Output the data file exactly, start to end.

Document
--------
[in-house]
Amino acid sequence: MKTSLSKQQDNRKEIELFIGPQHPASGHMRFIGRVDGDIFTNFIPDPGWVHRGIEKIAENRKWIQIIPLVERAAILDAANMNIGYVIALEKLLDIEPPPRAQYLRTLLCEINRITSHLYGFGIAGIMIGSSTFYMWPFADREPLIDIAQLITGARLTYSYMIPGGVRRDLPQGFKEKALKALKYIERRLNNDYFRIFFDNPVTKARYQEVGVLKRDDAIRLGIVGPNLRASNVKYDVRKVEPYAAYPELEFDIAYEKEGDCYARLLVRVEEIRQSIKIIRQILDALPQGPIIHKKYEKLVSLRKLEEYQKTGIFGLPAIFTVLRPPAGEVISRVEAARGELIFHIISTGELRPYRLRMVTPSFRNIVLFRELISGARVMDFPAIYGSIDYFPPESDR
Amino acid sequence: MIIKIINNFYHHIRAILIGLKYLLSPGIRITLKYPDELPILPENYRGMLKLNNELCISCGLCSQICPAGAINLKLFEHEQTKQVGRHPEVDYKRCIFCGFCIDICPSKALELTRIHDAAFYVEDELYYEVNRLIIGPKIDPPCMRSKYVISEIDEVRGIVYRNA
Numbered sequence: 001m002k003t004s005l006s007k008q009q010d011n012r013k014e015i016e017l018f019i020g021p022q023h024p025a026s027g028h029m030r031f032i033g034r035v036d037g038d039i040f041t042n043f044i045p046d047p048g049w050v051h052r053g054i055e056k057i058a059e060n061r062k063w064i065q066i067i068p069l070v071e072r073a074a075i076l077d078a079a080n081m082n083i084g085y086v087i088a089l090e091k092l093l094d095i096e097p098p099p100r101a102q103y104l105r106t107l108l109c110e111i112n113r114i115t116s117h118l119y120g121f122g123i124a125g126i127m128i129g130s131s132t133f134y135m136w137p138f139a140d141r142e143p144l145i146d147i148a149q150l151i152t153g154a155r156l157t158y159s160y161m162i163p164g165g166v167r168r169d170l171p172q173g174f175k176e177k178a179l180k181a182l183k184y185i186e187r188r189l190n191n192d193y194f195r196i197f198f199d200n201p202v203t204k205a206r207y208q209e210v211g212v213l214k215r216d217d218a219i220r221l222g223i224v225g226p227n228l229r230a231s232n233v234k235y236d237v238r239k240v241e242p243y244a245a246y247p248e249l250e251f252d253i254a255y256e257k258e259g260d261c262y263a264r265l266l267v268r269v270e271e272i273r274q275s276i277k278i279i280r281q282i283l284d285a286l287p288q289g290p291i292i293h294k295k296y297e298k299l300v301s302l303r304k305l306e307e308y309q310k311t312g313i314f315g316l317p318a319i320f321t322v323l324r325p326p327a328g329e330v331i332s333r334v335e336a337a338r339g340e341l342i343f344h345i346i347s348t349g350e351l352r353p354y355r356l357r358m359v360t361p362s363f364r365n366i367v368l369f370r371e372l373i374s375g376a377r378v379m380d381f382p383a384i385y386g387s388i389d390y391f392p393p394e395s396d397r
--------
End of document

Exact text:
[in-house]
Amino acid sequence: MKTSLSKQQDNRKEIELFIGPQHPASGHMRFIGRVDGDIFTNFIPDPGWVHRGIEKIAENRKWIQIIPLVERAAILDAANMNIGYVIALEKLLDIEPPPRAQYLRTLLCEINRITSHLYGFGIAGIMIGSSTFYMWPFADREPLIDIAQLITGARLTYSYMIPGGVRRDLPQGFKEKALKALKYIERRLNNDYFRIFFDNPVTKARYQEVGVLKRDDAIRLGIVGPNLRASNVKYDVRKVEPYAAYPELEFDIAYEKEGDCYARLLVRVEEIRQSIKIIRQILDALPQGPIIHKKYEKLVSLRKLEEYQKTGIFGLPAIFTVLRPPAGEVISRVEAARGELIFHIISTGELRPYRLRMVTPSFRNIVLFRELISGARVMDFPAIYGSIDYFPPESDR
Amino acid sequence: MIIKIINNFYHHIRAILIGLKYLLSPGIRITLKYPDELPILPENYRGMLKLNNELCISCGLCSQICPAGAINLKLFEHEQTKQVGRHPEVDYKRCIFCGFCIDICPSKALELTRIHDAAFYVEDELYYEVNRLIIGPKIDPPCMRSKYVISEIDEVRGIVYRNA
Numbered sequence: 001m002k003t004s005l006s007k008q009q010d011n012r013k014e015i016e017l018f019i020g021p022q023h024p025a026s027g028h029m030r031f032i033g034r035v036d037g038d039i040f041t042n043f044i045p046d047p048g049w050v051h052r053g054i055e056k057i058a059e060n061r062k063w064i065q066i067i068p069l070v071e072r073a074a075i076l077d078a079a080n081m082n083i084g085y086v087i088a089l090e091k092l093l094d095i096e097p098p099p100r101a102q103y104l105r106t107l108l109c110e111i112n113r114i115t116s117h118l119y120g121f122g123i124a125g126i127m128i129g130s131s132t133f134y135m136w137p138f139a140d141r142e143p144l145i146d147i148a149q150l151i152t153g154a155r156l157t158y159s160y161m162i163p164g165g166v167r168r169d170l171p172q173g174f175k176e177k178a179l180k181a182l183k184y185i186e187r188r189l190n191n192d193y194f195r196i197f198f199d200n201p202v203t204k205a206r207y208q209e210v211g212v213l214k215r216d217d218a219i220r221l222g223i224v225g226p227n228l229r230a231s232n233v234k235y236d237v238r239k240v241e242p243y244a245a246y247p248e249l250e251f252d253i254a255y256e257k258e259g260d261c262y263a264r265l266l267v268r269v270e271e272i273r274q275s276i277k278i279i280r281q282i283l284d285a286l287p288q289g290p291i292i293h294k295k296y297e298k299l300v301s302l303r304k305l306e307e308y309q310k311t312g313i314f315g316l317p318a319i320f321t322v323l324r325p326p327a328g329e330v331i332s333r334v335e336a337a338r339g340e341l342i343f344h345i346i347s348t349g350e351l352r353p354y355r356l357r358m359v360t361p362s363f364r365n366i367v368l369f370r371e372l373i374s375g376a377r378v379m380d381f382p383a384i385y386g387s388i389d390y391f392p393p394e395s396d397r